Following a passion for science — away from academia
Brittany Leigh didn’t plan to become a professional science communicator. She studied biological oceanography, focusing on viruses in marine life, during her Ph.D., and then studied viruses in mosquitoes during her postdoc. For much of her early career, she pictured herself on the professor track.
“I loved: one, being involved in cool science; two, being able to talk to people about that science; and, three, being able to have the flexibility to make my own schedule. But during my postdoc, I realized that those main things are not unique to being a professor,” Leigh said.
Today, Leigh is a senior account executive at LifeSci Communications, which provides services to all sorts of clients — from early-stage biotech companies to commercial-stage pharma companies.
A realization while alone in the lab
During the height of the COVID-19 pandemic, Leigh was a postdoc at Vanderbilt University and, due to capacity restrictions, was working alone in the lab. “That was my hard, deep look into what I was doing. Being siloed in a lab let me think, ‘Is this really where I want to go?’” she said.
Part of what she realized at the time was that the things she loved about science were not actually the biggest part of a principal investigator’s job. Much of a PI’s time is spent writing grants and doing administrative tasks, which she knew she didn’t want to do.
Once she accepted that the professor route was not what she wanted, she had to figure out what she did want. She had to figure out where else she could use her passion for science.
However, all the training she got ended up helping her identify what she was looking for.
During her postdoc, she took courses in teaching and did volunteer presentations for the public, which taught her to communicate to different audiences and, perhaps more importantly, taught her that she loved doing that.
“I started Googling, ‘science communication jobs,’ and I found the site DOCjobs (a job site that lists jobs for scientists, outside of traditional academia) and a job at LifeSci was posted.” She applied — “just to see what would happen” — and ended up getting a job she loves.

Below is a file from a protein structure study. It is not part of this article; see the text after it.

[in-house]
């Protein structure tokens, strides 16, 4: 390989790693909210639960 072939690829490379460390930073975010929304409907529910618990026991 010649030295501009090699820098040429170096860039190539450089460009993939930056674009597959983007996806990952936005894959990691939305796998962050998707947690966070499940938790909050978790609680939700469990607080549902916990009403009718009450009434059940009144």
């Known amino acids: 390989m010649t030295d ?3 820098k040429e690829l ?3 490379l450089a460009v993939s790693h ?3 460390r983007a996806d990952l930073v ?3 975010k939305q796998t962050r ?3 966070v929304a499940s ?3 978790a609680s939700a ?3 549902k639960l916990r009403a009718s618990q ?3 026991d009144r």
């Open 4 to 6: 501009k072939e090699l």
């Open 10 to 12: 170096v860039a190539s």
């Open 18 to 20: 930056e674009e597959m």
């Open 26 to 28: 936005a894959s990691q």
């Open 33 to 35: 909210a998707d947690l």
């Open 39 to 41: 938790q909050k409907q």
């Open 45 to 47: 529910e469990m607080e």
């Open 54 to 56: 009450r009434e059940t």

‘At the forefront of all this cool science’At LifeSci, Leigh handles public relations and communications for six clients focused on gene therapy, infectious disease and cancer.
At any point on any given day, she might be drafting a press release that explains a company’s data in an accessible way, developing a website, designing a poster for a conference, working with animators on videos, or managing social media, including using it for clinical trial recruitment. She might even write a scientific paper if the company needs that.
Her audiences include investors, other companies, doctors, patients and the media. “If someone wants to talk to (a person at) the company, they go through me,” she said.
LifeSci tends to hire scientists with some writing experience, Leigh said, and trains them in the specifics of the writing needed, as opposed to hiring professional writers and teaching them the science subject areas. The company assigns writers to clients based on the type of science expertise that is needed and the interests of the writer.
She said that she gets to learn about all kinds of new research, to synthesize the information and write about it, and share it with others, which are all the things she’d wanted out of being a professor.
“I get to be at the forefront of all this cool science and see it transition from basic science to the bedside,” she said.
Importantly, Leigh works remotely, which is important to her. With a partner in the military, Leigh needs to be free to move around and to have time to dedicate to family.
Take time to reassess
In academia, sometimes your research can become your life. Leigh said, at LifeSci, she was able to switch away from that point of view. “There are boundaries,” she said, and people value your time.
She said she also has learned that it’s important to think about what you want and why. “Check in with yourself and see if you still love the things you are doing, and it’s OK if not,” she said.
She noted that sometimes people can get stuck doing something they used to love, something they thought they loved, or something they thought they were going to love.
“I’m always making sure I’m really nurturing the things I love to do so I can grow in that way.”
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Students also experienced more depression and anxiety when they observed other people and racial or ethnic groups being targeted.
The BASIL CURE has been fully implemented at 10 so far. The team is aiming for 50 more in five years.